I am a Christian. Hopefully this statement doesn’t come as a surprise to those of you who know me. Even if you don’t know me well, even if we haven’t had conversations about faith, church or anything else, I hope that the way I have presented myself, my speech, my character, and my behavior hasn’t compromised my identity as one who loves God and loves people. Hopefully I’ve made you laugh. Hopefully I’ve brought something of value to your life. Hopefully, if you need someone to talk to or ask for prayer, you’ll feel I’m someone you can trust. Hopefully our association has changed your opinion of Christians as they are characterized by Hollywood and those who think we hate those who aren’t like us.
My intended audience for this post is my fellow believers. If you’re not one who goes to church or considers yourself to be “religious”, please don’t feel that this means you need to stop reading. In fact, I encourage you to continue reading. I and my intended audience welcome you hold me/us accountable.
It’s easy to define the mission field as some far off foreign country. For over a century, yeah, that’s pretty much been accurate. People leaving the familiarity and comfort of their home, families and culture to go off to some impoverished people on the other side of the planet. Today, the world is quite literally at our fingertips. At any moment of the day, you have the ability to communicate with people all over the world.
Here’s where I’m going with this. In “real life”, how do we communicate? A conversation? Of course. Our words are a very important part of communication. However, it’s really only a fraction of how and what we communicate about ourselves. No matter where you go, no matter what you’re doing, you’re communicating with people you don’t even realize. How you dress communicates something. How you respond to stress, the music you listen to, the jokes you tell, the pictures on your wall or desk at work, your attitude, your work ethic. These are just some of the almost infinite ways we communicate who we are and what we’re about.
With that being said, I think of social media. Last quarter, Facebook reported over 1.19 billion monthly active users. One in seven people on earth use Facebook. My question to you is, what are you communicating to your mission field? I have to admit, I have been seriously disturbed by some of the things I have seen posted by Christians I know. I have seen vile profanity, I have seen sexually provocative and even perverse “shares” and “likes” of material that grieves the heart of God.
I am no prude, nor am I perfect. I have found things to be funny that I know God doesn’t approve of. I am human. You are too. I get it. But I am a child of the most-high God. I represent Him. I fail Him, but I am still His ambassador to anyone and everyone who I communicate with, both directly and indirectly.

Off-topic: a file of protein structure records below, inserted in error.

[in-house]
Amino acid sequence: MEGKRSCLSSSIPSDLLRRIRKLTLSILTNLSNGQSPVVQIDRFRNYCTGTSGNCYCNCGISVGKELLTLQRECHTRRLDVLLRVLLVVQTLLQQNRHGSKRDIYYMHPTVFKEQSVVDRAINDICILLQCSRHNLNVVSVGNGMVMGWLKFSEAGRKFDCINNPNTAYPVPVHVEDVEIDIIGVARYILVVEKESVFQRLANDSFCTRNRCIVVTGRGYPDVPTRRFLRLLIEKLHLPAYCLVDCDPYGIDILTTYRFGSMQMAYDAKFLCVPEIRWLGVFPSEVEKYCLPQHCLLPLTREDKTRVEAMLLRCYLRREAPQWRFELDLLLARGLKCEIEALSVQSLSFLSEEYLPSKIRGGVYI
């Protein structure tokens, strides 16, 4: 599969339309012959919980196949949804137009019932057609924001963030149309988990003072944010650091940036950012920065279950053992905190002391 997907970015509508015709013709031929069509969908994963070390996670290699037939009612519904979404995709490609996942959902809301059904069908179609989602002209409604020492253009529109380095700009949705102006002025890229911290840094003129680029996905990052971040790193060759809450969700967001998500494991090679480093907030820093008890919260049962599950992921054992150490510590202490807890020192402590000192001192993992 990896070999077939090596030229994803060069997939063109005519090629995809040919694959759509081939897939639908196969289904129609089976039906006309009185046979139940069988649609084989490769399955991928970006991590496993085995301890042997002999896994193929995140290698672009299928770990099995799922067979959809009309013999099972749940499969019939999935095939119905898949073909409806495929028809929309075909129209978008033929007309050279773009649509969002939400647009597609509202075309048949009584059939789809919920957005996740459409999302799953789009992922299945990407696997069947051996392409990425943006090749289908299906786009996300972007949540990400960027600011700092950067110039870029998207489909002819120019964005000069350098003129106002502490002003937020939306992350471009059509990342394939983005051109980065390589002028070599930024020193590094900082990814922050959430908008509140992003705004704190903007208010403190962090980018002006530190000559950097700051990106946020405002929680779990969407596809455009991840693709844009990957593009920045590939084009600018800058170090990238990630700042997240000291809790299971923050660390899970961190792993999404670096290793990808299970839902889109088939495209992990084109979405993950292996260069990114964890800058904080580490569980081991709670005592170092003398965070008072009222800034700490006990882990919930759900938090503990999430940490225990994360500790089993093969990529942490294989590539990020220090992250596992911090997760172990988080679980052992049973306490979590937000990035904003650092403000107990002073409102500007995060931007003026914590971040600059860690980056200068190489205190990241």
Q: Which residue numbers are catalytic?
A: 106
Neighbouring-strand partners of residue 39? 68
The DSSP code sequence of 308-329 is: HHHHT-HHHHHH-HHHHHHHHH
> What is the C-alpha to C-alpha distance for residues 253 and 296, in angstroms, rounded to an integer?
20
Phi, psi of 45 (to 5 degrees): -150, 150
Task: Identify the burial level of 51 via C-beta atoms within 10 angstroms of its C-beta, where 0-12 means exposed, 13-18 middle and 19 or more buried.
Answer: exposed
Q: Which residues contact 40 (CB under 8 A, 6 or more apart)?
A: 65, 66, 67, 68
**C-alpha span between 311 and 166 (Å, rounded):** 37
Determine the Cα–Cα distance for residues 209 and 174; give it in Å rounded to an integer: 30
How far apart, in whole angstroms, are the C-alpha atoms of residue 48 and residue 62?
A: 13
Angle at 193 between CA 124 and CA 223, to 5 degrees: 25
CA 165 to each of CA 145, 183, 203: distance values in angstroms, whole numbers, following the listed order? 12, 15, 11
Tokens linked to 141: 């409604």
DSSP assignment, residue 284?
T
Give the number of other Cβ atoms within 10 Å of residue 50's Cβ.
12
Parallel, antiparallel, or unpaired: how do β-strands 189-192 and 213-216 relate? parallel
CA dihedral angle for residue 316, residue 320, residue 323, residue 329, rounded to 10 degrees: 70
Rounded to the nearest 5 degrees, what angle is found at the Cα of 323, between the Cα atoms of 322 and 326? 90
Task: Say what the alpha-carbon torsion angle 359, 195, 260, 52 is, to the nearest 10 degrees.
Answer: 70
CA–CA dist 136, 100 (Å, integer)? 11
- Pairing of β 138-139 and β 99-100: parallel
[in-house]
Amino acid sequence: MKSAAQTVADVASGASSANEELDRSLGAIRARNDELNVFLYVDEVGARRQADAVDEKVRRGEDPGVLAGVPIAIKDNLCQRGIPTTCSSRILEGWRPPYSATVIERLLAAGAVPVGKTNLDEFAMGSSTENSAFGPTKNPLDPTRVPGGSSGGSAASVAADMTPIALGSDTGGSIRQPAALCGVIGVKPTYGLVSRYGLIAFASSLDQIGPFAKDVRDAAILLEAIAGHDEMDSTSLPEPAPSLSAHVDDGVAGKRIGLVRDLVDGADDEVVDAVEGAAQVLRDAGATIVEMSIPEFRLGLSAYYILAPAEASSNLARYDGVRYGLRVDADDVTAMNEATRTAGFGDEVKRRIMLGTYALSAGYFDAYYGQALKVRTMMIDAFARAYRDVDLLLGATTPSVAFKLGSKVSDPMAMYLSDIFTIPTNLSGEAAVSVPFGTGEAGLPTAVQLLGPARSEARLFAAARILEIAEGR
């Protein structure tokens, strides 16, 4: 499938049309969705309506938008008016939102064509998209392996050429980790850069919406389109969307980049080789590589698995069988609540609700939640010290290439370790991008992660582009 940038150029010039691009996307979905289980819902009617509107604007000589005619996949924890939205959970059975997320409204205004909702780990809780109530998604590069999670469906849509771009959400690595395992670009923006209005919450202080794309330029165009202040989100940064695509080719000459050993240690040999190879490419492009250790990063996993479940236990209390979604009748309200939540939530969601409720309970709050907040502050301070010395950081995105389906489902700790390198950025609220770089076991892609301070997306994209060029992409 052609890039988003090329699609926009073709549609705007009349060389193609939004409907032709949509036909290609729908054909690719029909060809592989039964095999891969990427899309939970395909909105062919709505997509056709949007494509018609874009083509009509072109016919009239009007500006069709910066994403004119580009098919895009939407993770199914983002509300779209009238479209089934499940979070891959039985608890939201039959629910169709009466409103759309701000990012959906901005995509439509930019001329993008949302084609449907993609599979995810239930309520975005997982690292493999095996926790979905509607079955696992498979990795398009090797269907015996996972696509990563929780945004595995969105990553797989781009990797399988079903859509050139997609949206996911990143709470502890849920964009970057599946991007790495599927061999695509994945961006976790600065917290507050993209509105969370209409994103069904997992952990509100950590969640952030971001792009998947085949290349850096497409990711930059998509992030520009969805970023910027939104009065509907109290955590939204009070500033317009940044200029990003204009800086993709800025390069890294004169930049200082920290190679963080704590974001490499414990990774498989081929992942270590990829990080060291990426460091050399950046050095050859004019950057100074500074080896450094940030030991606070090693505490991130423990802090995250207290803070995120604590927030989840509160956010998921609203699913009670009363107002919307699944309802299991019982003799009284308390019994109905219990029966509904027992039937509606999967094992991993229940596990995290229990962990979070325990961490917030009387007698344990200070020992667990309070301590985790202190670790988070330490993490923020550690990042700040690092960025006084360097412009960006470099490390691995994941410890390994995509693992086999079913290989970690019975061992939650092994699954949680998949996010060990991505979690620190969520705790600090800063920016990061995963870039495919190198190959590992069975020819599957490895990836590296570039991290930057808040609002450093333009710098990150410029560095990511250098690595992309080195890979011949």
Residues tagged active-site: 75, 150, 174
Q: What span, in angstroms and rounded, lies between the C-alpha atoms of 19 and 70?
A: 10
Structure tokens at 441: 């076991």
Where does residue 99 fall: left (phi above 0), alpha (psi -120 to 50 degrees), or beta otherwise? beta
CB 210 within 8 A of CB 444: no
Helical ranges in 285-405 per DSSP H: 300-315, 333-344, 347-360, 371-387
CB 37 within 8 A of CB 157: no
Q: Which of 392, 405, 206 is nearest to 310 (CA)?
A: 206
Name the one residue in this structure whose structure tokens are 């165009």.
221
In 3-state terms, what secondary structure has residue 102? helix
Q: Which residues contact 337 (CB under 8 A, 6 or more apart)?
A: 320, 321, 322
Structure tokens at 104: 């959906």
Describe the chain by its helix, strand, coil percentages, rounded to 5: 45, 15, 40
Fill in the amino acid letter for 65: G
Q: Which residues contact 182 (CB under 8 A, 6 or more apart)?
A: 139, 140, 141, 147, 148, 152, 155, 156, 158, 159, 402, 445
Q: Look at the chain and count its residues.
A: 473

Just as I don’t walk around with a twenty pound bible with which I bludgeon people over the head, I don’t use Facebook as a battering ram of piety. I post videos of cats, I rant and joke about sports and pop culture. I occasionally share some of my political views as they relate to the direction of our country and current events. I am not fake. I really try to be as real as I can be. It does no one, including you and God, any good if you pretend to be one thing to the public, but you’re someone completely different when no one is looking.
My challenge to you, and to myself, is that our lives are a fitting and suitable representation of a life changed and perpetually influenced by the saving and unmerited grace of God. Be real. Be a human being. Laugh, cry, joke, rant. Be flawed, but be honest. People respect and identify with authenticity. When you miss the mark, share what God taught you through it. Testify of God’s mercy and abundant grace. Moses, David, Solomon, Peter, Paul and countless others in the bible failed God miserably at times. They all failed in what they communicated to others. But they also turned it around and brought glory to God and influenced those who were watching them.
We are to be in the world, not of it. The world’s standard is not God’s. We live by a higher moral code. Share your cat videos. Share your funny memes. But think carefully about the stuff to which you attach your name, your reputation and your associations. Be consistent. In real life as well as online, the things you say and do should not contradict each other. Out of the same mouth cannot come blessing and cursing. Whether people admit it or not, they want and need us to be different. They desperately need to see that we can walk through life right beside them, but we don’t fall into the same traps because God is alive in our hearts and lives. They need the hope we profess.
They are watching.